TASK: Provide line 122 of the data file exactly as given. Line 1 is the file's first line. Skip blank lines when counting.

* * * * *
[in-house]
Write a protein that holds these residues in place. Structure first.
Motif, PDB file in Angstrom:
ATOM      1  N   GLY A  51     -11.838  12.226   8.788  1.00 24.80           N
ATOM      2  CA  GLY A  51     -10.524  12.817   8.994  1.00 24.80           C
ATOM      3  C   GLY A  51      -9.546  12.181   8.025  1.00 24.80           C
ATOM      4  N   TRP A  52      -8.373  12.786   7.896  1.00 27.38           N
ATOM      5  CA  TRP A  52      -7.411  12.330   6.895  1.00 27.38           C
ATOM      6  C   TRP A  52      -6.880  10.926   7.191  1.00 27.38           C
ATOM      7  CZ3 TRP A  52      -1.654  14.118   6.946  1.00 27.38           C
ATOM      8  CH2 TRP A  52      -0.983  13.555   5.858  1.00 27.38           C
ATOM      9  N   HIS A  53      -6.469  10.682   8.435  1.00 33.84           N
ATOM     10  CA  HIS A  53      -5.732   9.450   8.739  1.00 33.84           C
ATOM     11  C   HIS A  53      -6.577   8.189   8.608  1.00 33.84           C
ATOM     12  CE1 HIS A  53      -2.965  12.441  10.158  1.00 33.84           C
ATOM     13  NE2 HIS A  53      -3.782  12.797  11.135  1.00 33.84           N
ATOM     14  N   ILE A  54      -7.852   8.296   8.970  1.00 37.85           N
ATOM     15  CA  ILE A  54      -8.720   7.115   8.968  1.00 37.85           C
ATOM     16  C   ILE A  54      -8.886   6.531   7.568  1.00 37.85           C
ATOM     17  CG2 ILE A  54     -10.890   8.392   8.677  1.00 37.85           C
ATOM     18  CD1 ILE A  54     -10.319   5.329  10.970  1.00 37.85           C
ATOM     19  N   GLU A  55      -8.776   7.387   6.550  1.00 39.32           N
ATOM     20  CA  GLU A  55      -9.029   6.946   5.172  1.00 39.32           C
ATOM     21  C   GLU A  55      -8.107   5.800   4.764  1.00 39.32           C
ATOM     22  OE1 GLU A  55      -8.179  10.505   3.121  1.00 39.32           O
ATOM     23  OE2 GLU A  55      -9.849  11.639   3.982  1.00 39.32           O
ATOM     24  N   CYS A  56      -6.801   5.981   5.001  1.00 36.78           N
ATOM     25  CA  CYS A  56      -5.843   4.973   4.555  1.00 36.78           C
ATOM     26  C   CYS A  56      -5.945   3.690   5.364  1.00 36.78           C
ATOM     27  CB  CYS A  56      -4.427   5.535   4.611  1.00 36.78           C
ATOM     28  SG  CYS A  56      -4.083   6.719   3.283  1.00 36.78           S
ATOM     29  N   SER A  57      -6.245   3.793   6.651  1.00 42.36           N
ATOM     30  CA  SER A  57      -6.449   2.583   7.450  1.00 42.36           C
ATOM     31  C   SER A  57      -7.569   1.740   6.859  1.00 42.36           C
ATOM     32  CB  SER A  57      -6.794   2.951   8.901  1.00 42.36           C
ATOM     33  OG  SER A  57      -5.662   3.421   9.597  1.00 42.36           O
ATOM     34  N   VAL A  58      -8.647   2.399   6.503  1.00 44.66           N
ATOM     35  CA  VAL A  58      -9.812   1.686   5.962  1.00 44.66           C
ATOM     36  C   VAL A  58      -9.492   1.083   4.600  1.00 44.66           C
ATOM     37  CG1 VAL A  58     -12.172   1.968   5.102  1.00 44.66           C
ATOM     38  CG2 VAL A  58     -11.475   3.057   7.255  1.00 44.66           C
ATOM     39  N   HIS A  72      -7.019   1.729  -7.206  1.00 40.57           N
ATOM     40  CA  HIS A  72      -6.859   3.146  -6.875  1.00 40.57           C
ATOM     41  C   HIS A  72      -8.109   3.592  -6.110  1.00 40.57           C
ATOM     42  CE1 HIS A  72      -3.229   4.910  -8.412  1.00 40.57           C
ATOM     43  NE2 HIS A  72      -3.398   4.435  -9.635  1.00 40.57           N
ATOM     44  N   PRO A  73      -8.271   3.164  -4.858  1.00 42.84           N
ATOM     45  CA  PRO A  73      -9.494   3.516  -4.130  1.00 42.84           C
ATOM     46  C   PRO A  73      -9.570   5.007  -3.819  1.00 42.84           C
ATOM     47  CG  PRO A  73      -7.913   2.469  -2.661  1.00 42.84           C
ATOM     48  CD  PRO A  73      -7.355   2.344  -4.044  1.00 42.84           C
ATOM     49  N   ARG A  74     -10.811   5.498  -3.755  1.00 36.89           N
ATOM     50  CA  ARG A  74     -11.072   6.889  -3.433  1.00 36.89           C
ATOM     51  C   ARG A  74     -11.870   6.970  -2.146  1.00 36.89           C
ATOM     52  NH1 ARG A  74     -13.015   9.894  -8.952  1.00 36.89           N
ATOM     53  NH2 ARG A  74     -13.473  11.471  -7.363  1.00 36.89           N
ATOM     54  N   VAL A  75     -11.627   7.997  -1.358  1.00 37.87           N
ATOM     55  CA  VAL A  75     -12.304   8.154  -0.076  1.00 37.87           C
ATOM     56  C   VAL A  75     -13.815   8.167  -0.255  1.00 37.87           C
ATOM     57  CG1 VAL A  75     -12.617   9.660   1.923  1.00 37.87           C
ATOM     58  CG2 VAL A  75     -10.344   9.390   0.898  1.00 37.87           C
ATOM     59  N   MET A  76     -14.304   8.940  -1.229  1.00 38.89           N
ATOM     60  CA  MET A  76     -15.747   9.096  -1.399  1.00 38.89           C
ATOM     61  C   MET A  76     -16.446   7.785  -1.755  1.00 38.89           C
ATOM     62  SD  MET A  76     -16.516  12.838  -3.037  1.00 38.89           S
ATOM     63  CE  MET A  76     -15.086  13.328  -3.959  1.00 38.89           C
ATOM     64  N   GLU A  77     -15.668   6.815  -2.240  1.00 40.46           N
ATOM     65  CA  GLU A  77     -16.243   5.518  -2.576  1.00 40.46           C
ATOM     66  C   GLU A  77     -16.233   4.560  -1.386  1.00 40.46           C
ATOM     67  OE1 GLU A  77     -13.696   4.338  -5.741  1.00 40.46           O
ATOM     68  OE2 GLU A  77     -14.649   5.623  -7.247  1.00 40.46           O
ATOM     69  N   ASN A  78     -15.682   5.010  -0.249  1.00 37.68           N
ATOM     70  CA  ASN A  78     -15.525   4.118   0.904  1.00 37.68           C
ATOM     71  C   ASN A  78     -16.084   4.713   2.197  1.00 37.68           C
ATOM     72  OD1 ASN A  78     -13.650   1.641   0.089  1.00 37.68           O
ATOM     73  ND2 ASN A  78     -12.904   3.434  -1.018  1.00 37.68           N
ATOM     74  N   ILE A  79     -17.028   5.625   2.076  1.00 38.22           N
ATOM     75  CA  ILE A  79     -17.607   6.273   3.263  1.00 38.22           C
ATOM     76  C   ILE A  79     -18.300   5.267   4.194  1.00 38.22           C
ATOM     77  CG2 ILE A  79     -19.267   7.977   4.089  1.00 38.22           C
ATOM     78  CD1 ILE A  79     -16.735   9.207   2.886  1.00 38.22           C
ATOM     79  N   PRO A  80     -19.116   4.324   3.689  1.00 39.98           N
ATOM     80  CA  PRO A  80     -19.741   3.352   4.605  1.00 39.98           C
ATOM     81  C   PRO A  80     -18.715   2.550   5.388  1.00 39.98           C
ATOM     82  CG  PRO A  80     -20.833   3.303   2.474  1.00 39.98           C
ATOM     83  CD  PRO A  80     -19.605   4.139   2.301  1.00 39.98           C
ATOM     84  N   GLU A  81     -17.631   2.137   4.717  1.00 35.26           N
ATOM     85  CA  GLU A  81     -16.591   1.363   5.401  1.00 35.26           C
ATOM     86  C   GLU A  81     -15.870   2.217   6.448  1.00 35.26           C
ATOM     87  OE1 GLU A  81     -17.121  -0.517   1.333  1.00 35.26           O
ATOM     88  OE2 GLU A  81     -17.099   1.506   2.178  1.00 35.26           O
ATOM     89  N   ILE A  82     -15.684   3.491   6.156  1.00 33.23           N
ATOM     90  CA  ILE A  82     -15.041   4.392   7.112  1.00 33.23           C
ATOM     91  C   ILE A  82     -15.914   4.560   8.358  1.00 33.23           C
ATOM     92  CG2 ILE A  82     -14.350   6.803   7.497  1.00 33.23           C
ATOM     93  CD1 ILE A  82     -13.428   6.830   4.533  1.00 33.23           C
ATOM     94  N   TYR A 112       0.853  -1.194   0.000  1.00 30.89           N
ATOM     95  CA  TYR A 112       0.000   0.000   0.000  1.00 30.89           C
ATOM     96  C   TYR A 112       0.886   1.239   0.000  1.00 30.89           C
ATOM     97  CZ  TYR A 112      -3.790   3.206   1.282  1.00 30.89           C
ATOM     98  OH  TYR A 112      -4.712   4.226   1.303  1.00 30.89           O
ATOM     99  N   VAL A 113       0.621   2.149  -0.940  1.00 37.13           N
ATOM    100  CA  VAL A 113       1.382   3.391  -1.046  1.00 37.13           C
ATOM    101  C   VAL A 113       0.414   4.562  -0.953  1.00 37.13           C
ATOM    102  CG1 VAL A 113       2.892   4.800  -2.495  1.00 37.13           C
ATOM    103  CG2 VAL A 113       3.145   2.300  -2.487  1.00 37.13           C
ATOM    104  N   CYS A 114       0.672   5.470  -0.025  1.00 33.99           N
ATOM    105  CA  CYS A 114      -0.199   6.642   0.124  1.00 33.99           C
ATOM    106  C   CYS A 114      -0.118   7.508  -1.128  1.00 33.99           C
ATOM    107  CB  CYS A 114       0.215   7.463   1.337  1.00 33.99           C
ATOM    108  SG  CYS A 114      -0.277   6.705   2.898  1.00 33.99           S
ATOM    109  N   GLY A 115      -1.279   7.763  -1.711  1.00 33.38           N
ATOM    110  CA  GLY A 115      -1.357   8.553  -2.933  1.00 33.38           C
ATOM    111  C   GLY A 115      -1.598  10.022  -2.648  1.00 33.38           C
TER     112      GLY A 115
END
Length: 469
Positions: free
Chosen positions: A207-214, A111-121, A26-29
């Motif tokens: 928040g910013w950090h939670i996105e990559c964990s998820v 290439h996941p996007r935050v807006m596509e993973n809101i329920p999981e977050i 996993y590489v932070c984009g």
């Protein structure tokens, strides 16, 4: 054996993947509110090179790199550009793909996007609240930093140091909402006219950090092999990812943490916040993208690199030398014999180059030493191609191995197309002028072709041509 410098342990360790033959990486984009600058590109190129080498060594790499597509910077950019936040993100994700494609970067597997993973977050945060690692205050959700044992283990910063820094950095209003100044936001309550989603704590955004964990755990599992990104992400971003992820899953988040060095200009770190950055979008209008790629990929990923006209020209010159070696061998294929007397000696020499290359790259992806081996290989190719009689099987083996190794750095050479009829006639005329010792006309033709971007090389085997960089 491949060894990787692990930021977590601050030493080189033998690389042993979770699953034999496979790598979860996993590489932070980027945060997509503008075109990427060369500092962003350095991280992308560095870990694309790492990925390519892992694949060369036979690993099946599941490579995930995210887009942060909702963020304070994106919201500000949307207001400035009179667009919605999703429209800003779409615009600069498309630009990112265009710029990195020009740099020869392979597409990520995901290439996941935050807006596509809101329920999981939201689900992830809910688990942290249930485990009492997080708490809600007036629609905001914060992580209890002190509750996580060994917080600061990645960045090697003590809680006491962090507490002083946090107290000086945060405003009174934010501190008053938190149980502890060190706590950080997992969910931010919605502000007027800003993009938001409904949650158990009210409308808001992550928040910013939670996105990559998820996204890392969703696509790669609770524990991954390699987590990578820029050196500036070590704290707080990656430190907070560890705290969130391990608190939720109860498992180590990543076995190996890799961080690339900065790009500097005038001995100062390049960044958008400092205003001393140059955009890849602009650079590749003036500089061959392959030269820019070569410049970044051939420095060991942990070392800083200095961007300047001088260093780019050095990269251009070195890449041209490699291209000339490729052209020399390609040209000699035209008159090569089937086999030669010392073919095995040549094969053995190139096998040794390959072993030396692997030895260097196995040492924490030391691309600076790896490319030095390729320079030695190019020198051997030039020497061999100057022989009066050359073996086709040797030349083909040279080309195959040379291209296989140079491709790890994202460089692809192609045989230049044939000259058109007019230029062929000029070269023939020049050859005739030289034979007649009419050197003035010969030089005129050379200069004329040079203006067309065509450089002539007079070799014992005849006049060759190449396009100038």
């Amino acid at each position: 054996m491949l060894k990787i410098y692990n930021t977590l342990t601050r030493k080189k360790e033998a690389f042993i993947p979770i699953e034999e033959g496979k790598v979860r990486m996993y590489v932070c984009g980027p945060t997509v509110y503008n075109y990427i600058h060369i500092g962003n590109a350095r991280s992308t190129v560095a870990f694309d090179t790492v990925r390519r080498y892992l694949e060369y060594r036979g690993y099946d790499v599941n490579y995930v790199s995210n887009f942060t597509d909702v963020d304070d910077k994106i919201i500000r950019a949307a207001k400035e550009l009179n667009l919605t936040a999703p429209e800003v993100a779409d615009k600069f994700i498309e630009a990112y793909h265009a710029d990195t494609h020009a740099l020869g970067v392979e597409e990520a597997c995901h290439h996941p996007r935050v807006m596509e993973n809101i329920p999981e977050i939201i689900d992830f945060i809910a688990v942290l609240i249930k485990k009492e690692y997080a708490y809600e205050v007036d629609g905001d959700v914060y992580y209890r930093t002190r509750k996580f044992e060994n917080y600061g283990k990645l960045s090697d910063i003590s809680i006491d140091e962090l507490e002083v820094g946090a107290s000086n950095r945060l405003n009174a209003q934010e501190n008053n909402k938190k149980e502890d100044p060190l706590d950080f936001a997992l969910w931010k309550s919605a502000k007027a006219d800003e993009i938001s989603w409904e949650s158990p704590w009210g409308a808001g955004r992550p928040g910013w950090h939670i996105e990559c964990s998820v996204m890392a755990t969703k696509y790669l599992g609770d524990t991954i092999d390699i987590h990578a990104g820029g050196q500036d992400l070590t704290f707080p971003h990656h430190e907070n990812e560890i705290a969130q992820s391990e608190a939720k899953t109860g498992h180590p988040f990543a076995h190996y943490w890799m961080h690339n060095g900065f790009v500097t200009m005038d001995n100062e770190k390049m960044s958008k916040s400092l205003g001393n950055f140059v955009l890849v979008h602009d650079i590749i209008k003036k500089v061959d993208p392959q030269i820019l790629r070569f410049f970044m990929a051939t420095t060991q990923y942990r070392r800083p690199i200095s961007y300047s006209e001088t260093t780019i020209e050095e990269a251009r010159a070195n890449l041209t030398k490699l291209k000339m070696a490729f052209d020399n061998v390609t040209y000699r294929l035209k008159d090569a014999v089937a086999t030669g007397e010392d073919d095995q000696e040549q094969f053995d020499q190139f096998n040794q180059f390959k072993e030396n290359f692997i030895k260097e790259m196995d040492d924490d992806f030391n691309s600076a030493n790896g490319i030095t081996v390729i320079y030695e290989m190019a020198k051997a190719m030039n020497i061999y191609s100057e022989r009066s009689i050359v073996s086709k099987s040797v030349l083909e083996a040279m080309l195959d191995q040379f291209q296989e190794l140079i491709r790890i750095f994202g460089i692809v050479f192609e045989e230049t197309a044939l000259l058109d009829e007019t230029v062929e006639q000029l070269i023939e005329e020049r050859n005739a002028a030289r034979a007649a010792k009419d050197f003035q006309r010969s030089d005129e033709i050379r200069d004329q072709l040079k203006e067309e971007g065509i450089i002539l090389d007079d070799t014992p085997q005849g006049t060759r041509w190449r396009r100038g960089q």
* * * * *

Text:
């Amino acid at each position: 054996m491949l060894k990787i410098y692990n930021t977590l342990t601050r030493k080189k360790e033998a690389f042993i993947p979770i699953e034999e033959g496979k790598v979860r990486m996993y590489v932070c984009g980027p945060t997509v509110y503008n075109y990427i600058h060369i500092g962003n590109a350095r991280s992308t190129v560095a870990f694309d090179t790492v990925r390519r080498y892992l694949e060369y060594r036979g690993y099946d790499v599941n490579y995930v790199s995210n887009f942060t597509d909702v963020d304070d910077k994106i919201i500000r950019a949307a207001k400035e550009l009179n667009l919605t936040a999703p429209e800003v993100a779409d615009k600069f994700i498309e630009a990112y793909h265009a710029d990195t494609h020009a740099l020869g970067v392979e597409e990520a597997c995901h290439h996941p996007r935050v807006m596509e993973n809101i329920p999981e977050i939201i689900d992830f945060i809910a688990v942290l609240i249930k485990k009492e690692y997080a708490y809600e205050v007036d629609g905001d959700v914060y992580y209890r930093t002190r509750k996580f044992e060994n917080y600061g283990k990645l960045s090697d910063i003590s809680i006491d140091e962090l507490e002083v820094g946090a107290s000086n950095r945060l405003n009174a209003q934010e501190n008053n909402k938190k149980e502890d100044p060190l706590d950080f936001a997992l969910w931010k309550s919605a502000k007027a006219d800003e993009i938001s989603w409904e949650s158990p704590w009210g409308a808001g955004r992550p928040g910013w950090h939670i996105e990559c964990s998820v996204m890392a755990t969703k696509y790669l599992g609770d524990t991954i092999d390699i987590h990578a990104g820029g050196q500036d992400l070590t704290f707080p971003h990656h430190e907070n990812e560890i705290a969130q992820s391990e608190a939720k899953t109860g498992h180590p988040f990543a076995h190996y943490w890799m961080h690339n060095g900065f790009v500097t200009m005038d001995n100062e770190k390049m960044s958008k916040s400092l205003g001393n950055f140059v955009l890849v979008h602009d650079i590749i209008k003036k500089v061959d993208p392959q030269i820019l790629r070569f410049f970044m990929a051939t420095t060991q990923y942990r070392r800083p690199i200095s961007y300047s006209e001088t260093t780019i020209e050095e990269a251009r010159a070195n890449l041209t030398k490699l291209k000339m070696a490729f052209d020399n061998v390609t040209y000699r294929l035209k008159d090569a014999v089937a086999t030669g007397e010392d073919d095995q000696e040549q094969f053995d020499q190139f096998n040794q180059f390959k072993e030396n290359f692997i030895k260097e790259m196995d040492d924490d992806f030391n691309s600076a030493n790896g490319i030095t081996v390729i320079y030695e290989m190019a020198k051997a190719m030039n020497i061999y191609s100057e022989r009066s009689i050359v073996s086709k099987s040797v030349l083909e083996a040279m080309l195959d191995q040379f291209q296989e190794l140079i491709r790890i750095f994202g460089i692809v050479f192609e045989e230049t197309a044939l000259l058109d009829e007019t230029v062929e006639q000029l070269i023939e005329e020049r050859n005739a002028a030289r034979a007649a010792k009419d050197f003035q006309r010969s030089d005129e033709i050379r200069d004329q072709l040079k203006e067309e971007g065509i450089i002539l090389d007079d070799t014992p085997q005849g006049t060759r041509w190449r396009r100038g960089q």